» 5/2/12 - COMMENTARY: The truth, in media, can hurt
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This article appeared in the Winter 2012 issue of Champion magazine.
By Greg Johnson
Jasmine Johnson took a circuitous route to Saint Leo after leaving the University of Florida’s soccer program during her sophomore year.
She worked different jobs near her Tampa home and played club soccer in the summer. After three years, the then 23-year-old decided that Saint Leo was the place for her. She helped the Lions capture their first Sunshine State Conference title this fall. “It was the right time, and the right place,” she said.
Johnson, now a 26-year-old senior, had always planned to go back and earn a psychology degree, but first she had to become academically eligible.
“I am the oldest of four children,” she said. “I want to be an example for them. It was tough getting used to going back to school at first, but I want to be a college coach some day.”
After becoming eligible, all seemed right in Johnson’s world until she started feeling fatigued and experiencing headaches in the fall of 2009. A trip to the doctor revealed leukemia.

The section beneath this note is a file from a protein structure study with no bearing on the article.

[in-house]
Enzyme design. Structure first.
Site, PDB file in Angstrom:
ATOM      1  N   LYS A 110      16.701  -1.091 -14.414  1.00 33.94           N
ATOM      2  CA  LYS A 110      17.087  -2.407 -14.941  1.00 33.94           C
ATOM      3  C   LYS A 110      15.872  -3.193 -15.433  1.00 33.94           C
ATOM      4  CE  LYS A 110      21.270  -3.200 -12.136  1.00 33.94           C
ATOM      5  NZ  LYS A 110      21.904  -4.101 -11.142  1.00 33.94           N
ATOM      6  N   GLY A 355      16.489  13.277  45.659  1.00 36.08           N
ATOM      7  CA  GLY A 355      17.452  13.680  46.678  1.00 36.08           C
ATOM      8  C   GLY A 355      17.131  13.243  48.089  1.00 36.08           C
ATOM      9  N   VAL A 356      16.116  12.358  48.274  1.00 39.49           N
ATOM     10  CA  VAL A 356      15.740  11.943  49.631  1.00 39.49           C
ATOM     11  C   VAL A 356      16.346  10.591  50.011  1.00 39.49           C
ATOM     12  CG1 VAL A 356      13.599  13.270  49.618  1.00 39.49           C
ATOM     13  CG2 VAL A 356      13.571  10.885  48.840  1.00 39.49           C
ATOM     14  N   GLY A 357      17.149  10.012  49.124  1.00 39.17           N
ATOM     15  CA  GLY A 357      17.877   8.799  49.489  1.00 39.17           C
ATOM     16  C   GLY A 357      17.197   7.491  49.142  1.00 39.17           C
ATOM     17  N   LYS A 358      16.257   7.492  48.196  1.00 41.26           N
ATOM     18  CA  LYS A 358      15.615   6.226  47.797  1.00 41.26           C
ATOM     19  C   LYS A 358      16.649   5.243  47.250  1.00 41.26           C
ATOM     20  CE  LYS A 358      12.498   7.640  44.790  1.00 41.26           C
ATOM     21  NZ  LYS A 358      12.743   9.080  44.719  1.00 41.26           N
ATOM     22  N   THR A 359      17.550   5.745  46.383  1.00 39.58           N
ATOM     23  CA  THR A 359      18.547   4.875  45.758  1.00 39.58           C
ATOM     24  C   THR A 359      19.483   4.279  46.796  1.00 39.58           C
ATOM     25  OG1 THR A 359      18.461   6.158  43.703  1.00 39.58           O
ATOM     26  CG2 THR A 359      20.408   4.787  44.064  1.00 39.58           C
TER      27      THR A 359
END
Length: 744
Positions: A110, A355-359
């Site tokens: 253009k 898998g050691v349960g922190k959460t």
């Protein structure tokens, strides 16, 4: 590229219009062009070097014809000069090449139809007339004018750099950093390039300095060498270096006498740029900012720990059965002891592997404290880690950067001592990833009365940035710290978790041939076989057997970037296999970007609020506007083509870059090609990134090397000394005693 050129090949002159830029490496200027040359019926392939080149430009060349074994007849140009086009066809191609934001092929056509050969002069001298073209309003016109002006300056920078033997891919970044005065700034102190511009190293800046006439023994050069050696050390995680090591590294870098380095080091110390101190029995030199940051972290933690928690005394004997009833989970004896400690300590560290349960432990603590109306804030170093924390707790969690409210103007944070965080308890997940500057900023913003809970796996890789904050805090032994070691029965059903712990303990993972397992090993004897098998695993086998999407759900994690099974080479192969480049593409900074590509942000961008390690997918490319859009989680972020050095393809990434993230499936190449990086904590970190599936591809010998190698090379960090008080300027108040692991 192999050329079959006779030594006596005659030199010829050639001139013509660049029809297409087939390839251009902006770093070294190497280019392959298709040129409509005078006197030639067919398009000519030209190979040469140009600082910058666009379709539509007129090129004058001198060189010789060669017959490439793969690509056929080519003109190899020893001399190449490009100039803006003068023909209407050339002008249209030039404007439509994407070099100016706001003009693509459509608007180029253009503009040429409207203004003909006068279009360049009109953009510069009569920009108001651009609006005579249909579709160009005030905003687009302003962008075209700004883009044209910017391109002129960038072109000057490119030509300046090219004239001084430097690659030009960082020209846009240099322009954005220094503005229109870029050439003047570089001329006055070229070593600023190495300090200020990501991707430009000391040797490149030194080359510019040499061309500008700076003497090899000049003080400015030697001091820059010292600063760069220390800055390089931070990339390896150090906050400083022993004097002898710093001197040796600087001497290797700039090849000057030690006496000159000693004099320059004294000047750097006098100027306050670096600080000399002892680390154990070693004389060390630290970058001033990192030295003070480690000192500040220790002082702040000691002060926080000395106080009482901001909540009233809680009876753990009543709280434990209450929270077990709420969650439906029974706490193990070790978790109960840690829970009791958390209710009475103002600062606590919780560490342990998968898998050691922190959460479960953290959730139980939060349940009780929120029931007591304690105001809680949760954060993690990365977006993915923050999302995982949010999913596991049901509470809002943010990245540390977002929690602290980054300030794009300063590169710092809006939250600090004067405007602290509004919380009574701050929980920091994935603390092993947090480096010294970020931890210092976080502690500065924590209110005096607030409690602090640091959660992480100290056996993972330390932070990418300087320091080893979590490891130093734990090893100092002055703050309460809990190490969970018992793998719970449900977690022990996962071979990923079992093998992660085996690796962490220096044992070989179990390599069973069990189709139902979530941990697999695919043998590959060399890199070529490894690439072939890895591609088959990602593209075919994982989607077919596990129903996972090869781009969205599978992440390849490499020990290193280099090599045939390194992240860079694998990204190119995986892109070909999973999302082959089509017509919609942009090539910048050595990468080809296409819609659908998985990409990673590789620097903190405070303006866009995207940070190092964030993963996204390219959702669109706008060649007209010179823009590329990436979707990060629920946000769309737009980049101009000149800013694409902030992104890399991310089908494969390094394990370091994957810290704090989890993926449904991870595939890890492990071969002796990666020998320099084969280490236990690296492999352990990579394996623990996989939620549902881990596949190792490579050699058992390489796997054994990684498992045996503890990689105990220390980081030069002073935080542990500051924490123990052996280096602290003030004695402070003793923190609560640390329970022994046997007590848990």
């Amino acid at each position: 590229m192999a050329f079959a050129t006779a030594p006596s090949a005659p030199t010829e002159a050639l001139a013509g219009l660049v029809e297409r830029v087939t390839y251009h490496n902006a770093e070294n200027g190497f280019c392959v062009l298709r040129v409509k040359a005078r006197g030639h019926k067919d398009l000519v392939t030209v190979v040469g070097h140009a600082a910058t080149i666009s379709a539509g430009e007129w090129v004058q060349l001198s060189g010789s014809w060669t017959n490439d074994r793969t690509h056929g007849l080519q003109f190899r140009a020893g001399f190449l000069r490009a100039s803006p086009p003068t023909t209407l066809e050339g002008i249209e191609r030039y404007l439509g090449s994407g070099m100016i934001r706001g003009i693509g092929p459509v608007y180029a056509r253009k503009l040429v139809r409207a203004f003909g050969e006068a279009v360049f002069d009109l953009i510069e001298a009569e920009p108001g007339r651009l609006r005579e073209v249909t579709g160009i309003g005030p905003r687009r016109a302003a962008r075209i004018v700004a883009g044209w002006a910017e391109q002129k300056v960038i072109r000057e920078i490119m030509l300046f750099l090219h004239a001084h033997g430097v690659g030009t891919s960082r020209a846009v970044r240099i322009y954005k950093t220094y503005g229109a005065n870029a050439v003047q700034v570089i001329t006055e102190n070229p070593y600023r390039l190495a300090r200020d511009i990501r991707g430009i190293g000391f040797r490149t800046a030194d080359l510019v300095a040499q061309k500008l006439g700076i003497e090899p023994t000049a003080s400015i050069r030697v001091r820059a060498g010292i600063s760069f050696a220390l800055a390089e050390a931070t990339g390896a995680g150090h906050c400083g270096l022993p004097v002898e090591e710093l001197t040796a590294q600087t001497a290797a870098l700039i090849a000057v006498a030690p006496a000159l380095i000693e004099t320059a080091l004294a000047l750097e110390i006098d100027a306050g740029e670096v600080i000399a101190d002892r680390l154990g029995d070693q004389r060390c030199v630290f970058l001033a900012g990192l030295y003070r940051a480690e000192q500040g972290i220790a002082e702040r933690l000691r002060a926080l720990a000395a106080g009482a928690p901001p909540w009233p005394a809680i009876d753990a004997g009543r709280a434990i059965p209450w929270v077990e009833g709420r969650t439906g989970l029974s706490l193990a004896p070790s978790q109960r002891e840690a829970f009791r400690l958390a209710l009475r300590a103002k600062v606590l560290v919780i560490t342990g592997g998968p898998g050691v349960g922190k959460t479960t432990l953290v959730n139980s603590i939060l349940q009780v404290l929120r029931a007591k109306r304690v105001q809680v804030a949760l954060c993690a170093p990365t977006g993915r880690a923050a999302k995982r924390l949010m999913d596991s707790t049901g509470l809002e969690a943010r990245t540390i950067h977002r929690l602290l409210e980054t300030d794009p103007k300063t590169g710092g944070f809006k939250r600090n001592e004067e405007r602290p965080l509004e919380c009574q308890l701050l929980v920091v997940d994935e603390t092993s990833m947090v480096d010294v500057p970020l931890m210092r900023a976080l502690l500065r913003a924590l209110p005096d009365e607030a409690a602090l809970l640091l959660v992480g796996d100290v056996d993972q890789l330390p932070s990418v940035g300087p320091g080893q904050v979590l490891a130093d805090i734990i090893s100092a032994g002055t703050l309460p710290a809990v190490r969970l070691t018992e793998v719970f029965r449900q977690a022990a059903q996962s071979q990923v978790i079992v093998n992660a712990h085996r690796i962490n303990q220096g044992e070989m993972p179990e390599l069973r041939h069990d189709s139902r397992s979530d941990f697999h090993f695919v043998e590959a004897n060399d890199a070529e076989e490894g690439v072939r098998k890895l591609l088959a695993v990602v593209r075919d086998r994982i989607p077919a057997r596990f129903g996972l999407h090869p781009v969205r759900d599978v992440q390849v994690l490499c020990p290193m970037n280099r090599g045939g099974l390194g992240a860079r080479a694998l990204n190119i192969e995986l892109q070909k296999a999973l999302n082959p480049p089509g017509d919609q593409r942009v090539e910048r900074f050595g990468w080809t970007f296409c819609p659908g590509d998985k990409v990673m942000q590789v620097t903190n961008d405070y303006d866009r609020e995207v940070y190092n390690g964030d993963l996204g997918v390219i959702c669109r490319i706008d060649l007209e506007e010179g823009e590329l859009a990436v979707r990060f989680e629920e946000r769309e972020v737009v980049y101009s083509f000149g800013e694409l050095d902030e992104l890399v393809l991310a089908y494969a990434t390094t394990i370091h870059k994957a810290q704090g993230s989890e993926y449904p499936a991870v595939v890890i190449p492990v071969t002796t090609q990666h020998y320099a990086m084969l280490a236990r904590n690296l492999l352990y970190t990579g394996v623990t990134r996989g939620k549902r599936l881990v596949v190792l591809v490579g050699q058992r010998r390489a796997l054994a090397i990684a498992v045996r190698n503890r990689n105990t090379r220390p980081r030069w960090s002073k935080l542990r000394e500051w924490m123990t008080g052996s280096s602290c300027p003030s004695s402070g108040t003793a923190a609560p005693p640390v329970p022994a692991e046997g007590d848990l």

It was a scary time, made worse because her grandmother died from the disease. Also, cancer had recently claimed the life of a close friend.
“The first thought was this isn’t really how things are supposed to be for me,” said Johnson, who is scheduled to graduate in May. “After an hour with some tears with my roommates and teammates, I started thinking about what I had to do.”
She was placed on an oral medication, and she has continued playing and going to school ever since. The doctors have had to alter her treatment at times, but no one needs to alter her optimistic attitude.
“For me, the best medicine is laughter,” Johnson said. “I keep it light for everyone else, because other people worry about it more than I do.”
She is further convinced that Saint Leo is the right fit for her since the father of one of her assistant coach’s friends is linked with the company that makes her medication.
“That helped me get on a patient assistance program,” Johnson said. “The medication was $4,000 a month. Had I not been playing soccer and going to school at Saint Leo, I wouldn’t have gotten this help. It is a bizarre story, but I was meant to be here.”